(Department of Defense photos)

Editor's Note: This article by Gina Harkins originally appeared onMilitary.com, a leading source of news for the military and veteran community.

The Marine Corps must update its parental-leave policies to give new moms and dads time with their newborns, the service's new top general wrote this week, including considering a full year's worth of leave for women who've had a child.

Marines should not be expected to choose between being the best parent possible and their career duties, Commandant Gen. David Berger wrote in his planning guidance released to the force Tuesday.

"These outcomes should never be in competition to the extent that success with one will come at the expense of the other," Berger wrote. "Our parental/maternity leave policies are inadequate and have failed to keep pace with societal norms and modern talent management practices."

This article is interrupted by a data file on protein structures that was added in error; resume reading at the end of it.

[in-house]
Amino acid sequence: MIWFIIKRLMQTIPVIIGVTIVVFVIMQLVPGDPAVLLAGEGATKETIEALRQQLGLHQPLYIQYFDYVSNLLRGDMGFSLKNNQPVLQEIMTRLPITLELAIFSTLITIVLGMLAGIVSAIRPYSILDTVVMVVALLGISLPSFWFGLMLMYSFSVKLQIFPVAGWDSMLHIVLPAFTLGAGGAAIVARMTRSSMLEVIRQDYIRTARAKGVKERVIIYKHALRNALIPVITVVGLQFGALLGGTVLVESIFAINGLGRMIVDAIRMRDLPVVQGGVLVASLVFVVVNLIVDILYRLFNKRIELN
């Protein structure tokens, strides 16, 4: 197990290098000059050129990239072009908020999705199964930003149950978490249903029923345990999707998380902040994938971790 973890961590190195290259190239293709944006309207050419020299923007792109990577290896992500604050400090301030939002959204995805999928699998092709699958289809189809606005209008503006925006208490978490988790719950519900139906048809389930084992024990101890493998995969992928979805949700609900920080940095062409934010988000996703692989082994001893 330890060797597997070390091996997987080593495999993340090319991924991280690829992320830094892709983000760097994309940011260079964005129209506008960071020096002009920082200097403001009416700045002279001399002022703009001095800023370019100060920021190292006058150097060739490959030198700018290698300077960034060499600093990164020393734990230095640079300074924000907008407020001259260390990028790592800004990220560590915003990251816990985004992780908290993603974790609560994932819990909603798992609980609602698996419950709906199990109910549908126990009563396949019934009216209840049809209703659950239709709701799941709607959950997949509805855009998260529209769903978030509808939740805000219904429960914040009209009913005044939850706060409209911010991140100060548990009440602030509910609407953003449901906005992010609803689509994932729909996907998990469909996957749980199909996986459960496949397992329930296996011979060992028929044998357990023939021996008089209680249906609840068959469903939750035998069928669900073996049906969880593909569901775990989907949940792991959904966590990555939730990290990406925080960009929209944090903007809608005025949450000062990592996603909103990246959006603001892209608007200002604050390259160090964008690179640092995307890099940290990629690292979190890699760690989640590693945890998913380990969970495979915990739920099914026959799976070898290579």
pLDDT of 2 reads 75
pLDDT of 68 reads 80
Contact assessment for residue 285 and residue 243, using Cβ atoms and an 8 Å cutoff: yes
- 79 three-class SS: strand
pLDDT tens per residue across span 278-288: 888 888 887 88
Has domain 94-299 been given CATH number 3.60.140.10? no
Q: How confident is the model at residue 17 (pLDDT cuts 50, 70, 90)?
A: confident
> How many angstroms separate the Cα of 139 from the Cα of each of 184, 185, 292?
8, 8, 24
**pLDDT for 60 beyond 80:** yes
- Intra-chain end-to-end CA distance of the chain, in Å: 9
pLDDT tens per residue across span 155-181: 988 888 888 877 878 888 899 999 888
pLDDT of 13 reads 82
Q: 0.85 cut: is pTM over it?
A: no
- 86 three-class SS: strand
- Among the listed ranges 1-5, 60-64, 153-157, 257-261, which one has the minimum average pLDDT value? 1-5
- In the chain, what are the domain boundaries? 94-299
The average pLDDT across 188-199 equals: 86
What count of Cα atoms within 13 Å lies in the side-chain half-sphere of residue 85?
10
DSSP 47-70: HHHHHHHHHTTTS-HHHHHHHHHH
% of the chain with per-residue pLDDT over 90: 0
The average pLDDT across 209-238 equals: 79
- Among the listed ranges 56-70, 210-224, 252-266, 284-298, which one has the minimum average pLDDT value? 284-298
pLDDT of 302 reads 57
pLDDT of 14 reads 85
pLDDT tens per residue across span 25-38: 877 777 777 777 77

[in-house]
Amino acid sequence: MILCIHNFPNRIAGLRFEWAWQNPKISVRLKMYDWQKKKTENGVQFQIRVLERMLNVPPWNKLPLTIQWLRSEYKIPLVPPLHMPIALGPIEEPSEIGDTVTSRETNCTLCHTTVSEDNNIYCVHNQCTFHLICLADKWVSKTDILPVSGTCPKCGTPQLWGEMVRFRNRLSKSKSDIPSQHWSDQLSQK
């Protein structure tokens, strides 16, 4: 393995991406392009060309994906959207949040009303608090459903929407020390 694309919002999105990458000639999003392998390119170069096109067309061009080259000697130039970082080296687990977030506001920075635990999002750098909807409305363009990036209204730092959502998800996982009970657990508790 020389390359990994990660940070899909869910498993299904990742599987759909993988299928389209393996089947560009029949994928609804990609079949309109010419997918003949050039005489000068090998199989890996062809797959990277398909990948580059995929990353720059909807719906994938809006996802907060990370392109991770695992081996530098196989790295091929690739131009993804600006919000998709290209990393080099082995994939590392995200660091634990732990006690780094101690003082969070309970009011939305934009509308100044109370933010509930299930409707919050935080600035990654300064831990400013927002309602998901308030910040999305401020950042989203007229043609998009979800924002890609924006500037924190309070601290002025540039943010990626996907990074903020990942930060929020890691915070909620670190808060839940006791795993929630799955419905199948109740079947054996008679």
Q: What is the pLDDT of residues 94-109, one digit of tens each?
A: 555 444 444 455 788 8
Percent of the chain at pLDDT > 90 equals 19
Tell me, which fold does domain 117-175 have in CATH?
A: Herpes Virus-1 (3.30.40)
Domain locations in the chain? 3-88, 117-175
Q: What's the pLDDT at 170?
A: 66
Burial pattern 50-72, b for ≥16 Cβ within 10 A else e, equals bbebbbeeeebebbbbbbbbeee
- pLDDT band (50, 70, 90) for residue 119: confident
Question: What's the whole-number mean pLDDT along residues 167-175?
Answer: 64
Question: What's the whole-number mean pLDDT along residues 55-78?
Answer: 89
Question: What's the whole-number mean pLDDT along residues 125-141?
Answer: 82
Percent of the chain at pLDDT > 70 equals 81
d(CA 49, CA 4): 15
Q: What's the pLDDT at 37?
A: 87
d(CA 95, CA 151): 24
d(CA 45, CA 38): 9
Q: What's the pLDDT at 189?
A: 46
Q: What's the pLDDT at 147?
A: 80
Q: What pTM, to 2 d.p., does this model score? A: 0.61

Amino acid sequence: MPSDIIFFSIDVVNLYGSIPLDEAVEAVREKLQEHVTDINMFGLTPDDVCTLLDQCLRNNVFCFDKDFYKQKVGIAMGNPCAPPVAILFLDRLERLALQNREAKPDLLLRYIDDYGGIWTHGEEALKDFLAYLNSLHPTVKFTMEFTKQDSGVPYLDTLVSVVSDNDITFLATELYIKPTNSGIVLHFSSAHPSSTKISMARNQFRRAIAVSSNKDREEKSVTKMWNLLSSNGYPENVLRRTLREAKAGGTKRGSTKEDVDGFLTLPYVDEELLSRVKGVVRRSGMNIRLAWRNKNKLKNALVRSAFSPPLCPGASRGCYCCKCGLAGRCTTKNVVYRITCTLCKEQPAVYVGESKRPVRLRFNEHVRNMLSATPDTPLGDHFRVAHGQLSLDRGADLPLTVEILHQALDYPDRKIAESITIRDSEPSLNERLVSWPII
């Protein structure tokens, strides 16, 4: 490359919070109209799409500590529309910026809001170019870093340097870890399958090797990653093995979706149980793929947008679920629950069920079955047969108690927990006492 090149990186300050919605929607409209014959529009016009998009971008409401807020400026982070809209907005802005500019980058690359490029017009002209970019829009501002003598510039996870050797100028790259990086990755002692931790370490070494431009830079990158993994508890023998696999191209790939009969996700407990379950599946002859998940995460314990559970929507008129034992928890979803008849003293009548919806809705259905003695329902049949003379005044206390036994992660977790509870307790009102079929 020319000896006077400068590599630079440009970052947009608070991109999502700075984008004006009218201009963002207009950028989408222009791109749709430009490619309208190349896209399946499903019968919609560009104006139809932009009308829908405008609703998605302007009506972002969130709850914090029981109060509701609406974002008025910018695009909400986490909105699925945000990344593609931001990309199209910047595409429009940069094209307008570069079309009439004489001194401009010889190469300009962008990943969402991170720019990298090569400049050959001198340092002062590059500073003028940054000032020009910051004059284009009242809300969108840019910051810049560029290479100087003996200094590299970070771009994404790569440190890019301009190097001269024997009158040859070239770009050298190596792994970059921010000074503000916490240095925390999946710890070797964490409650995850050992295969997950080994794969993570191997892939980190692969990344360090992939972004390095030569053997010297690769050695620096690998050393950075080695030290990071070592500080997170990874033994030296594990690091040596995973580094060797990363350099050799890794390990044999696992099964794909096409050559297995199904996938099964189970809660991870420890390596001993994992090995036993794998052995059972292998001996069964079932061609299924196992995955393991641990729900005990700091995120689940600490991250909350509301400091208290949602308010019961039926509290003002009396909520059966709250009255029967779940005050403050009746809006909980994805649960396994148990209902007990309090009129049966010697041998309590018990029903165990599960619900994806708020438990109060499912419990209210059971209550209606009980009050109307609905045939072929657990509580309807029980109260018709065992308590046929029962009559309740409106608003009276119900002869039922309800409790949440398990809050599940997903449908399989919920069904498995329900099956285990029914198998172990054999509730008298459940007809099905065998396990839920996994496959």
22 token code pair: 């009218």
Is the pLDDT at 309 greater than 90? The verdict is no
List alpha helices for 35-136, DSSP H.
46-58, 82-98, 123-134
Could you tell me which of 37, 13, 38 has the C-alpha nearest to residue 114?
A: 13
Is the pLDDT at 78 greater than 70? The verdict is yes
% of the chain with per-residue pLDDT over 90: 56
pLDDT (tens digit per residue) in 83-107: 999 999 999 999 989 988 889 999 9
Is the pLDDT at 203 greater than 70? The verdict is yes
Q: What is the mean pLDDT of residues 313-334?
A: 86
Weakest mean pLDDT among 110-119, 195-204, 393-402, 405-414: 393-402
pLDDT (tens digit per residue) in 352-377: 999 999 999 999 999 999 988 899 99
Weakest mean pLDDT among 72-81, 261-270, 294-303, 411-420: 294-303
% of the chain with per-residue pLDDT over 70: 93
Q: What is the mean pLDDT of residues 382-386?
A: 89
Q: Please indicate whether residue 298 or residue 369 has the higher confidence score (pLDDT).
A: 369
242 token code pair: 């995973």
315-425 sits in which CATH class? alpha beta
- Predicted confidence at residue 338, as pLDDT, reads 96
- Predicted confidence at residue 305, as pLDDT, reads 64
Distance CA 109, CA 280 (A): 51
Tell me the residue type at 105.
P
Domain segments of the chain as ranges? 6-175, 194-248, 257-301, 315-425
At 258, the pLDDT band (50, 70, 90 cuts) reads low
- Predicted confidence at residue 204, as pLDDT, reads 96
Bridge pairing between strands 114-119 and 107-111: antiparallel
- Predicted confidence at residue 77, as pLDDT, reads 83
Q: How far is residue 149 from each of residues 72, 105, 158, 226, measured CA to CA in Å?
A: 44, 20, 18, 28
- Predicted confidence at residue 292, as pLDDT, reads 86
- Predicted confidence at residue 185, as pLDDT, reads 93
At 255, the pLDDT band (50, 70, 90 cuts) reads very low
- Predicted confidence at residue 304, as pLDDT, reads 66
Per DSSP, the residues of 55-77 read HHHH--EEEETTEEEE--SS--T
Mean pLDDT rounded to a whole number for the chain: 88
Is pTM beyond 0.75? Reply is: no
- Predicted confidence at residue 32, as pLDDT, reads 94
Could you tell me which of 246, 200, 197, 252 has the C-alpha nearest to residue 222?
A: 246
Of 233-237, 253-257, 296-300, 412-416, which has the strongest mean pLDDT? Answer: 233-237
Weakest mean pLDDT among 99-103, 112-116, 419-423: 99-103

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Army Spc. Kwele Jones, a Soldier with the 449th Theater Aviation Brigade, kisses his baby after his unit's deployment ceremony. Photo: Sgt. Jamar Pugh/ U.S. National Guard

The Army is finally joining the 21st century — in parental care, at least.

A new memo that went into effect last week will recognize either parent as the main caretaker of the child, not just the mother, and it more than doubles the time available to the other parent.

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